Poll suggests Lazio's debate tactics helped Clinton

Aggressive style left a sour taste, some voters say

By Fred Kaplan, Globe Staff, 9/18/2000

EW YORK - Representative Rick Lazio's aggressive tactics against Hillary Rodham Clinton seem to have done him no good in their debate last Wednesday night.

In a statewide poll of likely voters, published yesterday, the first lady came off as the debate's winner, Lazio was seen as too aggressive, and the state of play in their Senate race has not changed at all.

Clinton still leads 48 to 43 percent, which, given a 4.5 percent statistical margin of error, puts the two in a virtual tie. Nine percent are still not sure how they will vote.

Shortly after the debate, many political commentators picked Lazio as the winner, impressed with how swiftly and relentlessly he attacked Clinton's record and character.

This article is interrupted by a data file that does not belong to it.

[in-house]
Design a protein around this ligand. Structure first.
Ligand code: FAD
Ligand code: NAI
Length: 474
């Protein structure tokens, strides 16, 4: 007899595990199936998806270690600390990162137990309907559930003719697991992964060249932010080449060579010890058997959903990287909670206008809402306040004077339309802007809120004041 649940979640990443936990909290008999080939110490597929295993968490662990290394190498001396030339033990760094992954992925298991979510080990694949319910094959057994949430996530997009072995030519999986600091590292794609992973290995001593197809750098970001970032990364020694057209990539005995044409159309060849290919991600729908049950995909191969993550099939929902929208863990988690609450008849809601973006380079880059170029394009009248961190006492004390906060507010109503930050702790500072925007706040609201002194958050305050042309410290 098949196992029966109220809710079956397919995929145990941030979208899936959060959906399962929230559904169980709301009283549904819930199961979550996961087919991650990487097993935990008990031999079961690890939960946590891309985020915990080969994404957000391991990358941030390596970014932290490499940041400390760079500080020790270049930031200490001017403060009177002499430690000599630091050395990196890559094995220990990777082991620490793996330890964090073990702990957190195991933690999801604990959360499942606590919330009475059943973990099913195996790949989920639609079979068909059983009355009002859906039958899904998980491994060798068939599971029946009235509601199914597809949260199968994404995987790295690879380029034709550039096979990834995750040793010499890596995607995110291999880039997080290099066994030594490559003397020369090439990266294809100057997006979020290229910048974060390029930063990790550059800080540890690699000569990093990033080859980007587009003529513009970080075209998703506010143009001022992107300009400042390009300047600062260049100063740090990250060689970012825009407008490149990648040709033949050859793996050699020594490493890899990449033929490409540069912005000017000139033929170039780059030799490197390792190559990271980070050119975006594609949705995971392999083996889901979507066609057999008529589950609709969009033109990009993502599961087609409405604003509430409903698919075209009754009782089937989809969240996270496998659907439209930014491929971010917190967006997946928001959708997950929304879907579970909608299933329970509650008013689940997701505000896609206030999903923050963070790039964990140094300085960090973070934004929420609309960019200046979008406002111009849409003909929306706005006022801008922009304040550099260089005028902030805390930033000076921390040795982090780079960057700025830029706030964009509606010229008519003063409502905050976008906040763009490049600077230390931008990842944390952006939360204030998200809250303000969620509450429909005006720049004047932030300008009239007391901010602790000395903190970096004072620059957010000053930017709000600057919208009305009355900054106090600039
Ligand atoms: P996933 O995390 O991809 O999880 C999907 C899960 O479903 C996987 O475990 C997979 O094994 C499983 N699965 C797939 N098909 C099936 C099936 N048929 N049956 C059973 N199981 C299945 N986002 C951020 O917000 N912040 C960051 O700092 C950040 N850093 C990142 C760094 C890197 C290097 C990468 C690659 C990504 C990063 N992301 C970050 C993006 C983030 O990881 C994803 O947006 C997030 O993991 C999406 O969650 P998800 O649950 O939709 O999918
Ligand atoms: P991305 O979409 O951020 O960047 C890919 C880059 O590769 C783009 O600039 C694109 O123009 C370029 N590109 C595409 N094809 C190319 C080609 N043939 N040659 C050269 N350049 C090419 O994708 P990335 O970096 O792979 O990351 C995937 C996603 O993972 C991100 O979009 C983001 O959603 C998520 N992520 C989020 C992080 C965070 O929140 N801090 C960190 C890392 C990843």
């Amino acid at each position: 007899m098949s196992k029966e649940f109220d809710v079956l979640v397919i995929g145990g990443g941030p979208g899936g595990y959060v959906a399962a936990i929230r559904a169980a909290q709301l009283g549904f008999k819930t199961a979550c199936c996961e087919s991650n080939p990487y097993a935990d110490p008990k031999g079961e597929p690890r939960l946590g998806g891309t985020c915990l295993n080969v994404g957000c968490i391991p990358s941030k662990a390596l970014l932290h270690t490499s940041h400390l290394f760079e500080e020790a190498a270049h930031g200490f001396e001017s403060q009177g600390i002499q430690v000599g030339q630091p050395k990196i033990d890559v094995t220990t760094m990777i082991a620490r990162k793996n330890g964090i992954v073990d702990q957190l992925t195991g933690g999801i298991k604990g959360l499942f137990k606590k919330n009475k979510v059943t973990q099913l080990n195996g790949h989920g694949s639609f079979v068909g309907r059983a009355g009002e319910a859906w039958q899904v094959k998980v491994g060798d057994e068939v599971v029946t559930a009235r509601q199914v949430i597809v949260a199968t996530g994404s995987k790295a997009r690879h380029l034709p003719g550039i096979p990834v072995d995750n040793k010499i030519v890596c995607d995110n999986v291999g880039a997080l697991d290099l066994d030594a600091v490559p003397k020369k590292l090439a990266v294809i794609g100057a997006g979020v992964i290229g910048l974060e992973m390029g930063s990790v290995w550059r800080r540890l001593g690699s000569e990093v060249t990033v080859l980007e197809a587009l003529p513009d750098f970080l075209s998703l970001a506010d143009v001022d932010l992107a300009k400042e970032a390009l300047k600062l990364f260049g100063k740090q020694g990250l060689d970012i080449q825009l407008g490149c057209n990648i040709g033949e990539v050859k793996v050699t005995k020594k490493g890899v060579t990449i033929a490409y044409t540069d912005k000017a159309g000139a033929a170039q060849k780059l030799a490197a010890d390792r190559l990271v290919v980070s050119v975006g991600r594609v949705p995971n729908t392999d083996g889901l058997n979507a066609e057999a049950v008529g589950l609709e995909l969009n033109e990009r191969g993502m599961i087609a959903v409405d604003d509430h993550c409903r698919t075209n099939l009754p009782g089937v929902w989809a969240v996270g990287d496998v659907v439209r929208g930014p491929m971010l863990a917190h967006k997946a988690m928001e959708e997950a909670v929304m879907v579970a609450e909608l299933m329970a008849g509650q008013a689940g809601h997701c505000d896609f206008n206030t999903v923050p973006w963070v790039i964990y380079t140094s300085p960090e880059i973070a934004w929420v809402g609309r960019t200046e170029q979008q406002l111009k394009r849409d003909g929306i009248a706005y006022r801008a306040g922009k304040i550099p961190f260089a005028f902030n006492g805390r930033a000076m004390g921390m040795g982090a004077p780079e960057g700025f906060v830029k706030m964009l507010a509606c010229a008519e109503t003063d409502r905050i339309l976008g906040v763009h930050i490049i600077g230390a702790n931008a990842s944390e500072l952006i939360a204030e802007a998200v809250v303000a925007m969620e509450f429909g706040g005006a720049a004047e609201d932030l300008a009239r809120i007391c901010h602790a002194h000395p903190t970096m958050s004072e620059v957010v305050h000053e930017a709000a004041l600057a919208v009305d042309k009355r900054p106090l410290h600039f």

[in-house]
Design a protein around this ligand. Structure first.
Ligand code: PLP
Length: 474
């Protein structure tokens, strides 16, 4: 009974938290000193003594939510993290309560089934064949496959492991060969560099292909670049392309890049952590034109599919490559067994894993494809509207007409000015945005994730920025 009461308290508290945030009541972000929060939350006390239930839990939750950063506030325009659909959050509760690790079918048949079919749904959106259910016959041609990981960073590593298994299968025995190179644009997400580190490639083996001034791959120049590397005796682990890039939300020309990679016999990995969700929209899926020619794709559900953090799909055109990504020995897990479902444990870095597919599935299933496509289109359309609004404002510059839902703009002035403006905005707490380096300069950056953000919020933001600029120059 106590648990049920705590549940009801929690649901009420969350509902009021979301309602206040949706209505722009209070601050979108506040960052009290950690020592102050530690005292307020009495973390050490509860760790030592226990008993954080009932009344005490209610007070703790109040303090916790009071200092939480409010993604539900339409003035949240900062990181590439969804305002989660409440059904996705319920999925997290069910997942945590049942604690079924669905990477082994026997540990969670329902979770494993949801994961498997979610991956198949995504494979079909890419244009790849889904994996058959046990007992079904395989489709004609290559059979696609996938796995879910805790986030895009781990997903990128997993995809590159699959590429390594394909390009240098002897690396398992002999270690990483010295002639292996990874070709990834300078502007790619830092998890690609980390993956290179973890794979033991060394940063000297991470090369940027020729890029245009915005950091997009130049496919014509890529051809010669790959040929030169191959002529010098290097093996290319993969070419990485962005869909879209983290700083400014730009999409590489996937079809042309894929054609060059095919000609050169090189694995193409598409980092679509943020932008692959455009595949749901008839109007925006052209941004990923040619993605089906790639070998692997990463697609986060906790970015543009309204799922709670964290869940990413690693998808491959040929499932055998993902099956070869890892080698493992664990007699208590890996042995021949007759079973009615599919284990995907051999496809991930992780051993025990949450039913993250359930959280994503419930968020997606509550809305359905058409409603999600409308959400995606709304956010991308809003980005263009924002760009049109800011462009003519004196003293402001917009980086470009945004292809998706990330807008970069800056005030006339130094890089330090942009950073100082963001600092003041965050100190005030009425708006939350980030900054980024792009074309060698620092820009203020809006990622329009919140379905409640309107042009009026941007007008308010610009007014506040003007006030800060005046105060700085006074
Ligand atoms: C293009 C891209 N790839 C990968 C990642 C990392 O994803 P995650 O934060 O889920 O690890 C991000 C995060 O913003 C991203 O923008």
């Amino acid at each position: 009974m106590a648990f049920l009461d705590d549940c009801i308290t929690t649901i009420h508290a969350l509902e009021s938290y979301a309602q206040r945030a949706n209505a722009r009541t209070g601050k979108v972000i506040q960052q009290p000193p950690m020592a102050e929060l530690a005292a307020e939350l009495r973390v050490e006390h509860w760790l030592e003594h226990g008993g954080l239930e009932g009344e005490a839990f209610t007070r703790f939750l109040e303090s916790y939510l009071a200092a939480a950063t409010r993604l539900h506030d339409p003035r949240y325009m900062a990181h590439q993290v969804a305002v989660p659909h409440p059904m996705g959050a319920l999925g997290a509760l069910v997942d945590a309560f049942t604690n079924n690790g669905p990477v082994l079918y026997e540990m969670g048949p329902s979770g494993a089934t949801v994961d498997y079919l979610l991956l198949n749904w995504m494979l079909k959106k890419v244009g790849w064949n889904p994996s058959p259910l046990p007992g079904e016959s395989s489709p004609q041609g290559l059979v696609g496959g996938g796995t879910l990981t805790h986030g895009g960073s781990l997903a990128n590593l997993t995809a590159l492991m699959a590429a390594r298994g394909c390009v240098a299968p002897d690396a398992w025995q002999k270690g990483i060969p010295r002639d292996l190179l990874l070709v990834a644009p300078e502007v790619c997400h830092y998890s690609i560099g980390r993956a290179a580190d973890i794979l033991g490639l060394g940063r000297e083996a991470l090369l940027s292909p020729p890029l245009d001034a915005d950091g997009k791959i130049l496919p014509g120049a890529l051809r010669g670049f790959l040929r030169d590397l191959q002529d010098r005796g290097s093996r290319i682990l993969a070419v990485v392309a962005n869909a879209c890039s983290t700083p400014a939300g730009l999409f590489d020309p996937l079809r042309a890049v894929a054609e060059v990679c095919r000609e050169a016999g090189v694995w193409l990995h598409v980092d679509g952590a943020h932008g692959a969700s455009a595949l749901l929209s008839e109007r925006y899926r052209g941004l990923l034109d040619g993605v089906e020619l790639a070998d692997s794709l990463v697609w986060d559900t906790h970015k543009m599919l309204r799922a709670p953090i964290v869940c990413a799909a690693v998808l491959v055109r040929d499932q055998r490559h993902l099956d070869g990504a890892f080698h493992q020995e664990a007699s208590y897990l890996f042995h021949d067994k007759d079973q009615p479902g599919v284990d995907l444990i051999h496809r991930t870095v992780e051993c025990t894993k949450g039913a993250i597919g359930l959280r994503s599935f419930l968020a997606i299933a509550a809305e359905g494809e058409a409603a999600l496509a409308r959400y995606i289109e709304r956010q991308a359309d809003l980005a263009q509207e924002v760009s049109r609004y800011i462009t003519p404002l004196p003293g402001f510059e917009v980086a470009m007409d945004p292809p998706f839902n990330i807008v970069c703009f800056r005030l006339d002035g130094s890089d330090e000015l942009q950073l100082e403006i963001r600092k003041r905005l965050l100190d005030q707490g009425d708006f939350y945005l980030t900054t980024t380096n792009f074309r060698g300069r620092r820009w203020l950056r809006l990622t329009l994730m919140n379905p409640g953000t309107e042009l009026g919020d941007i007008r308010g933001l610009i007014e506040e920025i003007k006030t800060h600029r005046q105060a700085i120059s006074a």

However, a few interviews with ordinary voters suggested a different result. Women especially saw Lazio as a schoolyard bully and Clinton as revealing an appealing chink in her armor.

Yesterday's poll, commissioned by the Daily News and WCBS-TV, tends to confirm these interviews.

Asked which candidate did the better job, 39 percent said Clinton, 34 percent said Lazio, 10 percent neither, and 17 percent were unsure.

Forty-eight percent said Lazio was too aggressive, while 47 percent said he was as aggressive as he needed to be.

Perhaps most significant, Lazio's overall image has deteriorated. Just 42 percent of those polled now have a favorable opinion of the congressman. A week before the debate, another survey, by pollster John Zogby, put his positive rating at 59 percent.

Clinton has a better image, with 49 percent of voters holding a favorable opinion of her. She still has higher negatives, with 39 percent having an unfavorable view of her. But Lazio's negatives have risen as well, from 12 percent at the start of the summer to 30 percent now.

White women are particularly important ''swing voters'' in this election. More women than men gave the debate to Clinton.

The poll, taken Thursday and Friday, surveyed a random sample of 504 likely voters.

The candidates' second debate will take place Oct. 8, with a third match as yet unscheduled.